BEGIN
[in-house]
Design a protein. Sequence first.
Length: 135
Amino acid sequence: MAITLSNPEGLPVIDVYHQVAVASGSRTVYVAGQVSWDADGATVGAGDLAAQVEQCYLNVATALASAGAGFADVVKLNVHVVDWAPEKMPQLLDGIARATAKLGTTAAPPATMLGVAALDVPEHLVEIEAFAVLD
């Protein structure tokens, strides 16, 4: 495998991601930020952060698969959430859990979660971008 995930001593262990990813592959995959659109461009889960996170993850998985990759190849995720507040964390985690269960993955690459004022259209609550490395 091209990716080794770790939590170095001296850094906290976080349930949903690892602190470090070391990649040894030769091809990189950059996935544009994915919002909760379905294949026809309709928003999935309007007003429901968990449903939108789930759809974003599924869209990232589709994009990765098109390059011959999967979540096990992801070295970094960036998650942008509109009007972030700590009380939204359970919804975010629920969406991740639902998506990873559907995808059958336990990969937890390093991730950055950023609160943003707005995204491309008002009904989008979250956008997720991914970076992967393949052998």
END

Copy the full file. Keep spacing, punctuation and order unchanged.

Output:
[in-house]
Design a protein. Sequence first.
Length: 135
Amino acid sequence: MAITLSNPEGLPVIDVYHQVAVASGSRTVYVAGQVSWDADGATVGAGDLAAQVEQCYLNVATALASAGAGFADVVKLNVHVVDWAPEKMPQLLDGIARATAKLGTTAAPPATMLGVAALDVPEHLVEIEAFAVLD
């Protein structure tokens, strides 16, 4: 495998991601930020952060698969959430859990979660971008 995930001593262990990813592959995959659109461009889960996170993850998985990759190849995720507040964390985690269960993955690459004022259209609550490395 091209990716080794770790939590170095001296850094906290976080349930949903690892602190470090070391990649040894030769091809990189950059996935544009994915919002909760379905294949026809309709928003999935309007007003429901968990449903939108789930759809974003599924869209990232589709994009990765098109390059011959999967979540096990992801070295970094960036998650942008509109009007972030700590009380939204359970919804975010629920969406991740639902998506990873559907995808059958336990990969937890390093991730950055950023609160943003707005995204491309008002009904989008979250956008997720991914970076992967393949052998």